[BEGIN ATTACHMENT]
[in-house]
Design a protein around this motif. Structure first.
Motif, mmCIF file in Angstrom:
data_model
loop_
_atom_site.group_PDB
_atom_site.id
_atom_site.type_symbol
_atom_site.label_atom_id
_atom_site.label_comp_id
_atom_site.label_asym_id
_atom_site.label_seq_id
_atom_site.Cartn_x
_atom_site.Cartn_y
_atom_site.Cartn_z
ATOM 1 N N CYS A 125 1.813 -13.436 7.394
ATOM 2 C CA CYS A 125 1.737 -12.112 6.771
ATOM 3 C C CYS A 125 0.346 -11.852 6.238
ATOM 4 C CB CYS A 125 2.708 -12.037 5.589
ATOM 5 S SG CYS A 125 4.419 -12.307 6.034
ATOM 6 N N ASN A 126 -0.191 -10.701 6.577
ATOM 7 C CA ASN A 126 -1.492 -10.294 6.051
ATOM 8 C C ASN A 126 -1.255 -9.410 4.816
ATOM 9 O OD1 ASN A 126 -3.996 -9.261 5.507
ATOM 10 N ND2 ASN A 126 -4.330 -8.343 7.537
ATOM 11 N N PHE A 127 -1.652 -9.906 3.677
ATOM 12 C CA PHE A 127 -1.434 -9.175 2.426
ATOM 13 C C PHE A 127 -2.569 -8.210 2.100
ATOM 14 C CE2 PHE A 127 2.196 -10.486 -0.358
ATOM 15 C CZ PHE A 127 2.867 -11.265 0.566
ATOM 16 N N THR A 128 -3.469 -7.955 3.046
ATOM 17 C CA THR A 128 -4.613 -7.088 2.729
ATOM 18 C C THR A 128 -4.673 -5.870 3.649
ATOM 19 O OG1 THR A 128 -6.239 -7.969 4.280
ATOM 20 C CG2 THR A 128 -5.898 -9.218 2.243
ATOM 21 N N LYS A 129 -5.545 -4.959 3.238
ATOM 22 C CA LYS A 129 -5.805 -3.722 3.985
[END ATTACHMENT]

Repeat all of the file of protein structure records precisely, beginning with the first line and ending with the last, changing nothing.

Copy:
[in-house]
Design a protein around this motif. Structure first.
Motif, mmCIF file in Angstrom:
data_model
loop_
_atom_site.group_PDB
_atom_site.id
_atom_site.type_symbol
_atom_site.label_atom_id
_atom_site.label_comp_id
_atom_site.label_asym_id
_atom_site.label_seq_id
_atom_site.Cartn_x
_atom_site.Cartn_y
_atom_site.Cartn_z
ATOM 1 N N CYS A 125 1.813 -13.436 7.394
ATOM 2 C CA CYS A 125 1.737 -12.112 6.771
ATOM 3 C C CYS A 125 0.346 -11.852 6.238
ATOM 4 C CB CYS A 125 2.708 -12.037 5.589
ATOM 5 S SG CYS A 125 4.419 -12.307 6.034
ATOM 6 N N ASN A 126 -0.191 -10.701 6.577
ATOM 7 C CA ASN A 126 -1.492 -10.294 6.051
ATOM 8 C C ASN A 126 -1.255 -9.410 4.816
ATOM 9 O OD1 ASN A 126 -3.996 -9.261 5.507
ATOM 10 N ND2 ASN A 126 -4.330 -8.343 7.537
ATOM 11 N N PHE A 127 -1.652 -9.906 3.677
ATOM 12 C CA PHE A 127 -1.434 -9.175 2.426
ATOM 13 C C PHE A 127 -2.569 -8.210 2.100
ATOM 14 C CE2 PHE A 127 2.196 -10.486 -0.358
ATOM 15 C CZ PHE A 127 2.867 -11.265 0.566
ATOM 16 N N THR A 128 -3.469 -7.955 3.046
ATOM 17 C CA THR A 128 -4.613 -7.088 2.729
ATOM 18 C C THR A 128 -4.673 -5.870 3.649
ATOM 19 O OG1 THR A 128 -6.239 -7.969 4.280
ATOM 20 C CG2 THR A 128 -5.898 -9.218 2.243
ATOM 21 N N LYS A 129 -5.545 -4.959 3.238
ATOM 22 C CA LYS A 129 -5.805 -3.722 3.985